Hey, Rep. Andy Harris. I hear you're having a little trouble understanding why government-run health insurance is a good idea. Mostly because you had to wait 3o whole days for your guaranteed government health coverage to kick in.
I feel your pain. Health insurance IS hard. Let me see if I can enlighten you about how health insurance works.
I'm a 41-year-old woman. I have two kids. I'm separated from my husband but he's still on our group health insurance policy. I have a few pre-existing conditions, but hey, by the time you hit 40, who hasn't? Luckily, mine have nothing to do with a shitty heart, ongoing cancer, high cholesterol, or any of those bad things that often require expensive treatment or drugs. In the big scheme of things, the only bad thing about them is that they do require treatment at all.
I left my job in April and am now enjoying a thriving freelance career. If business keeps going as is, and I keep working this hard, I'll be matching the salary I made at my old job. But of course, there's no subsidized health insurance.
We pay COBRA through my old employer. We pay $1450.34 a month. That's right. EVERY MONTH.
Why on earth would anyone do that? Well, here's why.
In a quest for even slightly cheaper health insurance, I just applied for individual health coverage. As part of that coverage, my kids could be added to my policy for a slightly higher premium. My husband, who has enough pre-existing conditions and expensive prescriptions that an underwriter can't possibly stamp HELL NO on his application fast enough, qualifies to be insured under Colorado's high-risk insurance pool. It's fairly reasonably priced and actually, the coverage is not that bad. If I were to be accepted for individual coverage by a provider, at the very worst our combined cost would be roughly half of what we currently pay for COBRA.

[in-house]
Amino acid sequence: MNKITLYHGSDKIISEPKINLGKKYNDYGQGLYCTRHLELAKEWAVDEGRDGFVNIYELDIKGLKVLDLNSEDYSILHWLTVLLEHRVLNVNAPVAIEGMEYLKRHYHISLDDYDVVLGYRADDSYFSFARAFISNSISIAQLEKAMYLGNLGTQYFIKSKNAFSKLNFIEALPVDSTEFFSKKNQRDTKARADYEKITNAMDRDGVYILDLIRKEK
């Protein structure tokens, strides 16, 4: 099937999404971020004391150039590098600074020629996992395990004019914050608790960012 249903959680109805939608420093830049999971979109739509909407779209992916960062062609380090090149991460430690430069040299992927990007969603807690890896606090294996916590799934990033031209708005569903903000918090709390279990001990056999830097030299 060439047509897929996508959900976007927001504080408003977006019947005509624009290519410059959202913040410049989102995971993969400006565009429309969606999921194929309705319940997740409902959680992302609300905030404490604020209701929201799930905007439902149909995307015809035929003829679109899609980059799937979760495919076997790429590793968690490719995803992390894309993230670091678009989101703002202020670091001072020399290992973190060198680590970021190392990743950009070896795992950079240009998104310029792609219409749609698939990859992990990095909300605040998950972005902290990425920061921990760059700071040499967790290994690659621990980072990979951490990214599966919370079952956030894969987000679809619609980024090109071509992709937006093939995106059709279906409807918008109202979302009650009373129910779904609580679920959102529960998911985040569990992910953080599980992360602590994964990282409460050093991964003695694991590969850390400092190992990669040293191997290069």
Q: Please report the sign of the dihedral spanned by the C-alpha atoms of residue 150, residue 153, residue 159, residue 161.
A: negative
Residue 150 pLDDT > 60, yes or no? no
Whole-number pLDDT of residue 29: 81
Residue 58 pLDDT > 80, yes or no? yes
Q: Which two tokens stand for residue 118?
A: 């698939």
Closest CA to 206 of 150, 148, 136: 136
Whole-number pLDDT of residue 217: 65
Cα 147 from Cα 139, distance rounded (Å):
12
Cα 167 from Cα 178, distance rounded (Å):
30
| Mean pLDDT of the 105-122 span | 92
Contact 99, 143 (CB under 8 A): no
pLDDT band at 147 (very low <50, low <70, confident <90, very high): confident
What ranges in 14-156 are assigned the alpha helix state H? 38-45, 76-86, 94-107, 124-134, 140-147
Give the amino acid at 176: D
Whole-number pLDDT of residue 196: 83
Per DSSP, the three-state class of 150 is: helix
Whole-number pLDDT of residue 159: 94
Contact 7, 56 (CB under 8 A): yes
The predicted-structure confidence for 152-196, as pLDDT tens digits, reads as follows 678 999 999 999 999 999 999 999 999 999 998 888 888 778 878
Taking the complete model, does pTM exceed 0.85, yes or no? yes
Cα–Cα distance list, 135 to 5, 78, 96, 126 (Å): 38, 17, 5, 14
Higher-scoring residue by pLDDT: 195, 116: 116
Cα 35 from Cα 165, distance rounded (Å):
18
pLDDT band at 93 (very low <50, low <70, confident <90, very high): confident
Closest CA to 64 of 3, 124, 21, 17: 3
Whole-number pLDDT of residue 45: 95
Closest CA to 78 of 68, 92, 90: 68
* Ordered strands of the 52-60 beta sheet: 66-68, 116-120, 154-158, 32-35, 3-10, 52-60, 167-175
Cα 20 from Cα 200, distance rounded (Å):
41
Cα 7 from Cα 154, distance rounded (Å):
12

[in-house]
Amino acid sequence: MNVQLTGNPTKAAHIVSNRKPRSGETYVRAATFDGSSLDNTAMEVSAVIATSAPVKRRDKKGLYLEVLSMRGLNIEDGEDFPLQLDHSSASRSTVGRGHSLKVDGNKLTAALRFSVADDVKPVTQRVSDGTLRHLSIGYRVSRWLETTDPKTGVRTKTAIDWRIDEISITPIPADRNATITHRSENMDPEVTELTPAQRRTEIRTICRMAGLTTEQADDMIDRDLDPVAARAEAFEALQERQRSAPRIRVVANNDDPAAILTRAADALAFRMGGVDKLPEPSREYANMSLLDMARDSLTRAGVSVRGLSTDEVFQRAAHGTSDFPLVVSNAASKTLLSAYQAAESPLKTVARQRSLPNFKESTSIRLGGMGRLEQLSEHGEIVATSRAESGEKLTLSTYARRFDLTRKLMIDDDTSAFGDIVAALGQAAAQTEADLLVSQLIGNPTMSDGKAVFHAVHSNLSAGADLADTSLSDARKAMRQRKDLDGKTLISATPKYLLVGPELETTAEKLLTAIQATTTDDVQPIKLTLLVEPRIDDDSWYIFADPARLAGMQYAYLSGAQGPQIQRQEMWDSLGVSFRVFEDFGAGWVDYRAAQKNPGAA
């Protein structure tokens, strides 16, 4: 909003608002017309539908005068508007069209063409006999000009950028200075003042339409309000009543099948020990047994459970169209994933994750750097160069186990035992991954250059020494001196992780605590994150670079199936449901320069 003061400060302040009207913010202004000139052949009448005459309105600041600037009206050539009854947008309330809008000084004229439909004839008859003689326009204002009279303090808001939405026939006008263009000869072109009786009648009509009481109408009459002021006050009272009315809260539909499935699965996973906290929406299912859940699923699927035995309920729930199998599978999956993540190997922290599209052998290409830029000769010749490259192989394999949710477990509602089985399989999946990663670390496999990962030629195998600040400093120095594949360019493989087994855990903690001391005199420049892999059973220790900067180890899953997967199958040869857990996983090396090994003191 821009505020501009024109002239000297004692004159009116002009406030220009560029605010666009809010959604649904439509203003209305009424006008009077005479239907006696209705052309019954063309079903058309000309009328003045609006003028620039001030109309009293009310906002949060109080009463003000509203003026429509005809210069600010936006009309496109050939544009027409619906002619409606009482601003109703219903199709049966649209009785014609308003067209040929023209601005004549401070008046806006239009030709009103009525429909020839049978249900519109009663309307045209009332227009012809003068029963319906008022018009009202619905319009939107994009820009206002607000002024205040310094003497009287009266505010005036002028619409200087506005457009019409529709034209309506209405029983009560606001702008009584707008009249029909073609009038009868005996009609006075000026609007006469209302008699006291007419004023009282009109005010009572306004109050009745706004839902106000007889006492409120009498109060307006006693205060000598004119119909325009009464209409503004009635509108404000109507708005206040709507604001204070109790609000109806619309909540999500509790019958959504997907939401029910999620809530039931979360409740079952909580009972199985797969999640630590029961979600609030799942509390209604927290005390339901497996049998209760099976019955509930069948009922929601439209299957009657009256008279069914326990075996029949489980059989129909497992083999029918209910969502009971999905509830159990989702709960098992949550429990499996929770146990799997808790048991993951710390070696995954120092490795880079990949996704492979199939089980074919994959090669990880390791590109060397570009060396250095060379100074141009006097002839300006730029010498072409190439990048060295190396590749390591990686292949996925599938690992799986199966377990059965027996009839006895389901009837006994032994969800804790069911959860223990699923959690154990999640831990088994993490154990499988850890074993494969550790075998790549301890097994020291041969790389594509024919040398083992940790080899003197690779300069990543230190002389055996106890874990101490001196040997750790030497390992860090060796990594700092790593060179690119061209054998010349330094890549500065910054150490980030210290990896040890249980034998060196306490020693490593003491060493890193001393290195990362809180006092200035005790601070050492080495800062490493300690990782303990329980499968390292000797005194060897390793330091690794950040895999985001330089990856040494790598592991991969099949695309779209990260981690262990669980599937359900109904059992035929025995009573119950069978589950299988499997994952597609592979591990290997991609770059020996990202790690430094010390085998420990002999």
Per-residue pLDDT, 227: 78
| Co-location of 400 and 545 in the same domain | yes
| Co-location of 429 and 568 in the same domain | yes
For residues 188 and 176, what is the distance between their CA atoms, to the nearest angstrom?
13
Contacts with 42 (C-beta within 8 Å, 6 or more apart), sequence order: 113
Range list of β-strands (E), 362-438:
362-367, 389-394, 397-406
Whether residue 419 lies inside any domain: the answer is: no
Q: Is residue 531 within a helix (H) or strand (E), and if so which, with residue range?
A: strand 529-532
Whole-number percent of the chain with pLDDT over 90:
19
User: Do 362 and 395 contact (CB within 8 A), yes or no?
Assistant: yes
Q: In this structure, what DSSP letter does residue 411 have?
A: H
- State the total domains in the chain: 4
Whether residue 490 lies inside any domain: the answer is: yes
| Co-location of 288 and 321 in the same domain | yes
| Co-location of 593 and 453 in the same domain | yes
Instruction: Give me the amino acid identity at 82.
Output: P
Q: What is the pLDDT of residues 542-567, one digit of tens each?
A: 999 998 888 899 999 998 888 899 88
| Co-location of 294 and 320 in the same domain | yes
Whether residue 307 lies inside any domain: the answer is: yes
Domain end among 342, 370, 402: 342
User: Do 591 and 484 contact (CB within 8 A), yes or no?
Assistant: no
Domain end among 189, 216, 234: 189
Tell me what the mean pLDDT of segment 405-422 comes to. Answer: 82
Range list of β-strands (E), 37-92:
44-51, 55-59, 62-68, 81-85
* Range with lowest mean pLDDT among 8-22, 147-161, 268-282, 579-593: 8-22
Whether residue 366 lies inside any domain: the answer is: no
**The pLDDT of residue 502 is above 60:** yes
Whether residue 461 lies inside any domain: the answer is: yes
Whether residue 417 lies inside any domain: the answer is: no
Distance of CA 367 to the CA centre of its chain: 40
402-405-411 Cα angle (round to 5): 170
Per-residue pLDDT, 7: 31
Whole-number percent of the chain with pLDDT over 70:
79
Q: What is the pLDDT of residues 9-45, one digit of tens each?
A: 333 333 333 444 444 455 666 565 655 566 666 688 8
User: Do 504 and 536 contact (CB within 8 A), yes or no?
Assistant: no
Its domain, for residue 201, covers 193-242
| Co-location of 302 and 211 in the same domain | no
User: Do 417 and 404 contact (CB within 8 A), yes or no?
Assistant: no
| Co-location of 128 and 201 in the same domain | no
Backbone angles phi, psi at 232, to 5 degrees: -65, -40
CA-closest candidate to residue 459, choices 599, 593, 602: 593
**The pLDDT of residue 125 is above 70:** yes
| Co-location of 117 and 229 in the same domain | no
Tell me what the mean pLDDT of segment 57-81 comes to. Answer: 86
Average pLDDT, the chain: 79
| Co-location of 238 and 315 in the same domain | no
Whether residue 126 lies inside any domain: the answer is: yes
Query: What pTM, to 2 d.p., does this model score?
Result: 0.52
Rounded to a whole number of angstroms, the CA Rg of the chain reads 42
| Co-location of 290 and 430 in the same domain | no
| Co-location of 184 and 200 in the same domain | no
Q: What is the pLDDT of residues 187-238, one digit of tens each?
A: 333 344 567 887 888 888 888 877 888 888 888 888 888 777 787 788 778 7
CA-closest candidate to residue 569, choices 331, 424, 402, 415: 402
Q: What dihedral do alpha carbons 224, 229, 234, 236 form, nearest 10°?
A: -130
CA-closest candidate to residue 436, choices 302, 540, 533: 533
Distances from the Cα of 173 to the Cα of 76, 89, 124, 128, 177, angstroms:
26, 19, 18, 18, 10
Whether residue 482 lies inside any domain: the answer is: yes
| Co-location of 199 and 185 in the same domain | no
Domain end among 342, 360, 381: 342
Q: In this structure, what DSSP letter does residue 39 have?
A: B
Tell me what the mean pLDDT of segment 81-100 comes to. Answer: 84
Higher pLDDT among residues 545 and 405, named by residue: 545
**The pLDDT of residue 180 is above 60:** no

I submitted applications, answered hours of questions, facilitated the gathering of medical records, pieced together documents from 11 years and two cities, let the insurance company take a chunk of money out of my bank account for the first premium. These are all hoops that you have to jump through to even be considered for health insurance. I spent 30 minutes on the phone today tracking down medical records for a doctor that I haven't even seen since 2006, just so they could see evidence that I was 90 percent perfectly healthy during that time.
Let me reiterate: I exercise regularly. I wear sunscreen. My cholesterol, heart rate, and blood pressure are a cardiologist's wet dream. I control any health issues I have proactively with inexpensive medication and regular checkups. I've had exactly one surgery in my life. I have never smoked. I wear a seat belt. I don't eat white flour or refined sugar. I drink in moderation a few times a week. I have regular well-visit checkups. I've never had an abnormal pap smear. The last serious health issue I had was a one-time deal, 11 years ago, well past your statute of uninsurability. I have no allergies. I've never had a cavity.
And today, I was declined for health insurance. Why? Because of one pesky condition that requires (again, INEXPENSIVE) prescription treatment. Once again, people who control their health issues so they don't turn into bigger health issues get reamed.
Consequently, my perfectly healthy kids were declined for health insurance, too.
I'm eligible for the high-risk pool now. Which is good news. But here's the thing: I can't insure my kids. Because there is no rider in the high-risk pool for kids. And in response to the recent health care reform that went into effect, insurance companies would rather not insure kids at all, rather than being forced to ensure kids despite pre-existing conditions. Which, I repeat, my kids don't have.
So what are my options? Well, I could keep applying and applying for individual coverage, which is kind of like applying to get kicked in the nuts repeatedly. I could boot my husband off of COBRA and he could do Cover Colorado for a microscopically slightly cheaper total monthly cost. Always good for maintaining amicable relationships, and financial savings really doesn't balance out that cost. Or, and this is most likely what we'll do, we can stay on COBRA as-is. Which goes up next year to $1522.86. Of course, that will run out in a year or so. But then, I can always just give up my flexible, lucrative, satisfying freelance career and get a shit job so we can have the health coverage. LIVIN' THE DREAM, man.
Anyway, my little doctor Republican Congressman friend, THAT is how motherfuckin' health coverage works. Really, what's not to love? If you need me, I'm moving to Sweden.
Try not to catch a cold in the next 30 days.